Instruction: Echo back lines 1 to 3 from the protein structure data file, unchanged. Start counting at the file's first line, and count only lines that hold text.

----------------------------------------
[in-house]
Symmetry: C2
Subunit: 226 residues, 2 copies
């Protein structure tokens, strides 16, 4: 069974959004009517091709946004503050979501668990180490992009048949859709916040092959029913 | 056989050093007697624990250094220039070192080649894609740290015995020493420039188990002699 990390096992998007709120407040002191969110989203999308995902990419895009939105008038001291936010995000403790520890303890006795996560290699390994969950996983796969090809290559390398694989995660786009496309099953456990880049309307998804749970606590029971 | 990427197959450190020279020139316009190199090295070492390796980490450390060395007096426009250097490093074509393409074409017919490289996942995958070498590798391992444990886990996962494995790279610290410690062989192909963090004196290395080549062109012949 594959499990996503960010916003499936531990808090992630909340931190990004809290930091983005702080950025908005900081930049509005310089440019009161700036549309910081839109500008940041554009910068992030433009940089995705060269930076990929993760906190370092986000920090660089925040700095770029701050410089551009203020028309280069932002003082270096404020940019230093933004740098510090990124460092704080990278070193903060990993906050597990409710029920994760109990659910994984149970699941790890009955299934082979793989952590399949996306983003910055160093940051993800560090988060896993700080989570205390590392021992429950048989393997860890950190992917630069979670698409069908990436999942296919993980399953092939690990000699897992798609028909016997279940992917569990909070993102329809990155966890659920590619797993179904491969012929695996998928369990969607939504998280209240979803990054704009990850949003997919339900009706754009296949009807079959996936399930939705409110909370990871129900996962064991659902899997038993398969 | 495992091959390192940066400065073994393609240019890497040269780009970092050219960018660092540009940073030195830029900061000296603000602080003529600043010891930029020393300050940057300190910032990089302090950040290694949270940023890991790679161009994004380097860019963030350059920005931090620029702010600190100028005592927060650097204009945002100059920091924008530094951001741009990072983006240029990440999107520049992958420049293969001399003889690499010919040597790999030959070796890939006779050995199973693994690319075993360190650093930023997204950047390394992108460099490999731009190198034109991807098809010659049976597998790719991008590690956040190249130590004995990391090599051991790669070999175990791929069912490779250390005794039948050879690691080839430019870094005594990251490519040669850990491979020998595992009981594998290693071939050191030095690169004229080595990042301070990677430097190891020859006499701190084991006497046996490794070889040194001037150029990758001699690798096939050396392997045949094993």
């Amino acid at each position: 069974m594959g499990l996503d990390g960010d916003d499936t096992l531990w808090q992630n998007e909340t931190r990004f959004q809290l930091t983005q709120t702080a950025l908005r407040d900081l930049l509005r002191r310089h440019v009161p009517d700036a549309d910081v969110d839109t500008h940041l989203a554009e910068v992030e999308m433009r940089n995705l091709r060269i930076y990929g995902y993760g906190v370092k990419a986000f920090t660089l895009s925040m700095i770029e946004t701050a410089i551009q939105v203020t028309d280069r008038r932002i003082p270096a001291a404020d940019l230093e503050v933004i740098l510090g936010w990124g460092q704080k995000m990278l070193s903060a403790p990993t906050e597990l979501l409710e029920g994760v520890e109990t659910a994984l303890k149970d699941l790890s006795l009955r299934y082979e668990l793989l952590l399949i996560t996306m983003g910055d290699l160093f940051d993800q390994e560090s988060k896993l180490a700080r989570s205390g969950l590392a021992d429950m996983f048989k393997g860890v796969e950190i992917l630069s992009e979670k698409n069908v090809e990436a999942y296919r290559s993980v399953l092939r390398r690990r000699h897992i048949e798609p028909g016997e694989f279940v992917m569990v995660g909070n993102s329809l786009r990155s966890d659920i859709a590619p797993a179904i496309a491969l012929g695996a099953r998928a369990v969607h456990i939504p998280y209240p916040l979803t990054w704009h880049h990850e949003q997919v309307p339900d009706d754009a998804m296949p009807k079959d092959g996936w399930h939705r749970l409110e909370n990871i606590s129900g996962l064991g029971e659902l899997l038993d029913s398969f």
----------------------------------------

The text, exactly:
[in-house]
Symmetry: C2
Subunit: 226 residues, 2 copies